Don’t Stop Production for Cleanroom Renovation


Sterility Assurance of Hospital Pharmacy Compounded products

Compounding medications is essential to patient care. All types of medications can be compounded (i.e., prepared from component ingredients) if needed, including capsules or tablets, products like creams and gels that are used on the skin, and medications that are injected into the skin, muscle or vein using a syringe or infusion.

USP 800 Checklist: Priority Areas to Address

To prepare for USP Chapter <800>, pharmacies must ensure that they are meeting the right compounding compliance standards.


Identify High-Risk Compounding Practices and Develop Strategies to Reduce Risks, pharmacy staff should develop strategies to reduce risk of compounding sterile products (CSPs) in the practice setting.

Three things to consider when upgrading to meet USP 800

Pharmacies around The United States are in various stages of planning and implementing facility and operational changes to meet the requirements of USP 800. The mile markers are slipping by, but wherever you are on the road to compliance, we helped out by listing the 3 most important steps in achieving USP Compliance.

The Risks of Automated Compounding of IV Products

The last couple of years we have recorded a serious upswing and increase of use of automated IV preparation systems. Their popularity is directly linked to their ease of use since they combine barcode scanning and Digital image capture to ensure safer and more efficient compounding processes. With the increase of use of such technology we’ve seen an increase in the risks and sources of contamination of compounded products when prepared with an IV automation workflow machine. Currently there are many TPN compounder manufacturers on the market, such as Epic, Baxter, Baxa, MedKeeper, Omnicell, ICU medical and many other players in this segment. We’ve been carefully monitoring the responses regarding these types of machinery whenever there was an inspection by the FDA at a facility that houses and uses such technology. Pretty much all oversights noticed issues with the proper placement of the IV compounder in the working area; issues that either exposed the operator to risks or cases where the technician contaminated the product.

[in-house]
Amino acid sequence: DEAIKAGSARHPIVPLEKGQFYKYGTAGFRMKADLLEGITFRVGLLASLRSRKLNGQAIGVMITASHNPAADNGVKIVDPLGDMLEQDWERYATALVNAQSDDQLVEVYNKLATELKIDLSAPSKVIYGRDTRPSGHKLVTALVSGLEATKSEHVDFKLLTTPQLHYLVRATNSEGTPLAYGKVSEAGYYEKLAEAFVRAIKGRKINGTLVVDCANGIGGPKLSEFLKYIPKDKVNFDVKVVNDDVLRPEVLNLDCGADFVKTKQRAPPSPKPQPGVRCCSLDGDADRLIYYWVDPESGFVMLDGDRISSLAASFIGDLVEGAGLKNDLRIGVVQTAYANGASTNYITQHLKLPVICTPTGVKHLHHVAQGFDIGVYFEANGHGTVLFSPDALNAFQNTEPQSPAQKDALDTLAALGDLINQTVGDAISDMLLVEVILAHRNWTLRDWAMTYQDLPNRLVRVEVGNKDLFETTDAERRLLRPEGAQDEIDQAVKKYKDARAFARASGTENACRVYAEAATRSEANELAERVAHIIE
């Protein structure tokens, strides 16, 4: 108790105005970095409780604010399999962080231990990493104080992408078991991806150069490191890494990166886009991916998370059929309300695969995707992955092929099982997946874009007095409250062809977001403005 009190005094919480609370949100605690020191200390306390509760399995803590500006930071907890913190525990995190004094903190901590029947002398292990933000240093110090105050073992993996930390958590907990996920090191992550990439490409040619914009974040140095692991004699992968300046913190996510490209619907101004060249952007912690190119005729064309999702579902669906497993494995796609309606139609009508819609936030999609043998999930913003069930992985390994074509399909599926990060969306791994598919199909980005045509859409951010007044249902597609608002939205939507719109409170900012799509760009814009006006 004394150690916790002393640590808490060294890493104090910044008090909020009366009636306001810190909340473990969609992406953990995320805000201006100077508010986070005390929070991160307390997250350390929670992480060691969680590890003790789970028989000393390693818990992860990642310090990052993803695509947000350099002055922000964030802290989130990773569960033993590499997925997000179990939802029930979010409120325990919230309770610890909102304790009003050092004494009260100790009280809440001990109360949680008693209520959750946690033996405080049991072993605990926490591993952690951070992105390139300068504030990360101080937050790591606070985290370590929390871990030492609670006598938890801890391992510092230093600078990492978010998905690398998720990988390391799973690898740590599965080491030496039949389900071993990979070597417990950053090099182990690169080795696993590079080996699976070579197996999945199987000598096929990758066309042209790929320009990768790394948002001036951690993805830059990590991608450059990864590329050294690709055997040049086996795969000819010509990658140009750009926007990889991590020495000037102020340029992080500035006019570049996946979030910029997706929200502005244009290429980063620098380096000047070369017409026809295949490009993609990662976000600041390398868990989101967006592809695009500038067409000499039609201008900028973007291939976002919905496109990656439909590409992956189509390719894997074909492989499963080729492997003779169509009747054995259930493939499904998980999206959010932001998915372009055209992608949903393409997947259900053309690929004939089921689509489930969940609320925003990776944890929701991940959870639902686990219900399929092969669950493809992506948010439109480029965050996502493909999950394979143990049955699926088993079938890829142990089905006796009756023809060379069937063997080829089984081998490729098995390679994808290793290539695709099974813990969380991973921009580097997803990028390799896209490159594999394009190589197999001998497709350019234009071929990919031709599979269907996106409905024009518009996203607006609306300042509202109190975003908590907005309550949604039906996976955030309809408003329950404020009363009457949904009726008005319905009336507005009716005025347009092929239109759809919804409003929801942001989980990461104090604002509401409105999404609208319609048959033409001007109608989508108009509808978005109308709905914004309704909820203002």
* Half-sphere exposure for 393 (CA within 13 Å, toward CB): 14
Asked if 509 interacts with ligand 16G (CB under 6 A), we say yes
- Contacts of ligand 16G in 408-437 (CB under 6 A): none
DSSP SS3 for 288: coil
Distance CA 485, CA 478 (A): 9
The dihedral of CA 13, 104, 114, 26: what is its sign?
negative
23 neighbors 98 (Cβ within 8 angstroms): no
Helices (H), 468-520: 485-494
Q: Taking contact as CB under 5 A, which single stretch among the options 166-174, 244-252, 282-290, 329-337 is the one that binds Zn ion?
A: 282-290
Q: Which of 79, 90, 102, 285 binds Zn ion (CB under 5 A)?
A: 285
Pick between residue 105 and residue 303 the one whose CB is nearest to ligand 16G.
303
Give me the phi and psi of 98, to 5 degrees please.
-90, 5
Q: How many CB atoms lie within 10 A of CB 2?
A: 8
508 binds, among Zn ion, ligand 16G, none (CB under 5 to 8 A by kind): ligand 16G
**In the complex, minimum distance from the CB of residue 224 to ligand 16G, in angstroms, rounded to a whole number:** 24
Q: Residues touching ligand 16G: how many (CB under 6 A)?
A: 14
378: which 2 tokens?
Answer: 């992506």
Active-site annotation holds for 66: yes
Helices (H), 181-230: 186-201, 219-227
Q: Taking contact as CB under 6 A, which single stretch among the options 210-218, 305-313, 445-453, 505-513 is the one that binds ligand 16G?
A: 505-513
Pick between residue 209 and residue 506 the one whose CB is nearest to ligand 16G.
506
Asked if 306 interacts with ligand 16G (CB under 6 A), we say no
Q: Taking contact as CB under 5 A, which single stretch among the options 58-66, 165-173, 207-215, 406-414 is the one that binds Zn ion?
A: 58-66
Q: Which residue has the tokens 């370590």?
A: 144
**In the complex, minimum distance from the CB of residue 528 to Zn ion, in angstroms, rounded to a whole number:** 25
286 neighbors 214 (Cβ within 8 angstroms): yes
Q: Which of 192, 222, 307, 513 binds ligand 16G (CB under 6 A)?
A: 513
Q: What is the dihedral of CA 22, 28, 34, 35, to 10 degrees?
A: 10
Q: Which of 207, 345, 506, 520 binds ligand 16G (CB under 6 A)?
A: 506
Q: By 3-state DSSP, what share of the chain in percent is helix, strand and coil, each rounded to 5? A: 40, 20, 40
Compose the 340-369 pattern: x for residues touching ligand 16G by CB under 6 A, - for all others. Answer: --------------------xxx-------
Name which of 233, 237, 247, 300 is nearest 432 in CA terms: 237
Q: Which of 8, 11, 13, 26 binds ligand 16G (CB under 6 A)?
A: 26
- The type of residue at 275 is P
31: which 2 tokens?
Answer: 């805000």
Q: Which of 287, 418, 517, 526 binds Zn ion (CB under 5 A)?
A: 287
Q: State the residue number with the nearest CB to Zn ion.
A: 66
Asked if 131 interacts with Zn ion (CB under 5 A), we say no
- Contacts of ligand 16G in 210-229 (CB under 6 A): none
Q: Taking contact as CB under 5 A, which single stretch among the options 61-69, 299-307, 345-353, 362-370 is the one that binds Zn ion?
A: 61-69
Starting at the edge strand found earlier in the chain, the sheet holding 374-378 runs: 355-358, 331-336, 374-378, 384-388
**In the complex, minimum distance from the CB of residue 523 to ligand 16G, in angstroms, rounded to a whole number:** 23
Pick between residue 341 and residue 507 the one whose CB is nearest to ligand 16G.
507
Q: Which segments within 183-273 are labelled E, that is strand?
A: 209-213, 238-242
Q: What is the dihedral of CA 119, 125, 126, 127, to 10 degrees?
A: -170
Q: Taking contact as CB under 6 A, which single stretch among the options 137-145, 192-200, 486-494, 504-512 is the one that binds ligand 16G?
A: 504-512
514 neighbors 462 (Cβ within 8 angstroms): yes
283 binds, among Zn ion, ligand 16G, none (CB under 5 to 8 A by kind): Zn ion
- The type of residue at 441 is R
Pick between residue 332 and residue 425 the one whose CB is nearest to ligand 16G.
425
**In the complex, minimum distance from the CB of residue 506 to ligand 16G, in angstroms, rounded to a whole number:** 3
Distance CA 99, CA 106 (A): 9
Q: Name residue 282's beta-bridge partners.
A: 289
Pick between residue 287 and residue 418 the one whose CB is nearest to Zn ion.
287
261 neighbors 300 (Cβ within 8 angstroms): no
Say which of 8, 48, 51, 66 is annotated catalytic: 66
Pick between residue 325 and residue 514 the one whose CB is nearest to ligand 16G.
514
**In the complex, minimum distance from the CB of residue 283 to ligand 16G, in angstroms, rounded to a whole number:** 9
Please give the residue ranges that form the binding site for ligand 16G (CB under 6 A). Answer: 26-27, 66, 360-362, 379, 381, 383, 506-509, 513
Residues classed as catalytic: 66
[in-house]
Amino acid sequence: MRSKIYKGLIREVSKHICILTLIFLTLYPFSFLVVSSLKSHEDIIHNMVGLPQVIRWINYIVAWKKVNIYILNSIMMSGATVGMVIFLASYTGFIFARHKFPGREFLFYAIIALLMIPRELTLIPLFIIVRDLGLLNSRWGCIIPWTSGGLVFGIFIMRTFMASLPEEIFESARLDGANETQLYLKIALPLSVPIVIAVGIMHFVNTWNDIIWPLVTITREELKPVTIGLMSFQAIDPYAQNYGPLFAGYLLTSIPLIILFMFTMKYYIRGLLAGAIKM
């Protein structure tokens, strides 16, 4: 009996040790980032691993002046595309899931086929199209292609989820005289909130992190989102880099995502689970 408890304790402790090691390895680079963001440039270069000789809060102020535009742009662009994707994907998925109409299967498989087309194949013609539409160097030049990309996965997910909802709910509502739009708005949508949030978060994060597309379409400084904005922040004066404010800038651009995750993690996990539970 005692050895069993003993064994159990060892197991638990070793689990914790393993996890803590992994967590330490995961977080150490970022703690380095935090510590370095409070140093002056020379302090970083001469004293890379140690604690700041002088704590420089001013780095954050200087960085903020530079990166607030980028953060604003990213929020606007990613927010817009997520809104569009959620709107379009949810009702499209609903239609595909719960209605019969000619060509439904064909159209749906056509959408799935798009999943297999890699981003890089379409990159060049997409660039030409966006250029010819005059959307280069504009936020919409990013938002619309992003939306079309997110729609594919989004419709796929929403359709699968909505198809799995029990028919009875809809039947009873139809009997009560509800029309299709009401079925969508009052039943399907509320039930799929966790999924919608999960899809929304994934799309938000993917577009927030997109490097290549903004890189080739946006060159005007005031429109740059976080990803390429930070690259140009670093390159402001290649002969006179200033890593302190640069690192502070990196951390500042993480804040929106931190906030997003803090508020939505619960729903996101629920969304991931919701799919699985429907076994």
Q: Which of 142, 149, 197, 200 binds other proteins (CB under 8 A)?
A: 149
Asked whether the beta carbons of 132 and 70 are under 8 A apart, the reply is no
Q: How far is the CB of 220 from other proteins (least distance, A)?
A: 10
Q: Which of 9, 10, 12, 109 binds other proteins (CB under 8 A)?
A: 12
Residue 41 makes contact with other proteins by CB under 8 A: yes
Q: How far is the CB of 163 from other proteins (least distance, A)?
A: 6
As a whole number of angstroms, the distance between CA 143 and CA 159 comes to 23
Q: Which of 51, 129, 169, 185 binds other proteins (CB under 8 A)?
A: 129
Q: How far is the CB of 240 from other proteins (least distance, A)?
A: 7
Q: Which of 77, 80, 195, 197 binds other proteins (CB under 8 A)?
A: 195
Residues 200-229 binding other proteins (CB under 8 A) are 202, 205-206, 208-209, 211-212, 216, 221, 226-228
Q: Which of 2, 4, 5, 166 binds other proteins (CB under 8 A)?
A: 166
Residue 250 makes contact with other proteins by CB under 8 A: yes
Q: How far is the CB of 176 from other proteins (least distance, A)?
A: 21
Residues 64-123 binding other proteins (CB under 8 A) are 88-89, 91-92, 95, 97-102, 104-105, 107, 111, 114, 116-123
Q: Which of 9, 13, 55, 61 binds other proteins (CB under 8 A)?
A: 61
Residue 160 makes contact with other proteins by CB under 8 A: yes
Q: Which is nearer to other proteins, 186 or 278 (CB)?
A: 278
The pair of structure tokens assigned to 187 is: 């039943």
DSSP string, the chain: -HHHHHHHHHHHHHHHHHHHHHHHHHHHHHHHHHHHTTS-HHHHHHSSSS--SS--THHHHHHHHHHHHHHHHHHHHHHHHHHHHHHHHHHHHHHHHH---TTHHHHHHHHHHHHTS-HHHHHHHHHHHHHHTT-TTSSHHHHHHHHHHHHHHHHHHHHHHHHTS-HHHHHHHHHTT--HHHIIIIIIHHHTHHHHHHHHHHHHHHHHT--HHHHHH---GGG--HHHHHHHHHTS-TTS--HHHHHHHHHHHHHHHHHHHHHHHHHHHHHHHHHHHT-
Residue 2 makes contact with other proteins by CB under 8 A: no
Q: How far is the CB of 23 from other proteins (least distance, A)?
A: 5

Reducing Risks of Exposure to HDs

Although most pharmacy personnel will say that the highest risk of exposure to hazardous drugs is during the compounding process, we feel that there is an even greater risk of exposure to hazardous materials during shipping and receiving.

What is USP <800>?


Whenever new standards or regulations are put in place, it’s important to understand who developed them, what they are, and why they were developed.  The goal of the United States Pharmacopoeia (USP), the organization behind USP <800>, is “to improve global health through public standards and related programs that help ensure the quality, safety, and benefit of medicines and foods.” This same organization also sets standards for general pharmacy practice.

Percentage of USP 797 & USP 800 Compliance



Updated Compounding Rules Could Affect Cleanroom Design


While all three chapters address cleanrooms, USP <795> is the first (of two) to have its revisions made public and, accordingly, provides facility owners with the first opportunity to provide public comment or seek clarification. Section four of the Proposed Revision to GC <795>, which covers Buildings and Facilities, states:

503B Audits and Services





Under the FCDA Act, outsourcing facilities register with, and are regulated and inspected by FDA as 503B outsourcing facilities. An outsourcing facility will be able to qualify for exemptions from the FDA approval requirements and the requirement to label products with adequate directions for use, but not the exemption from CGMP requirements.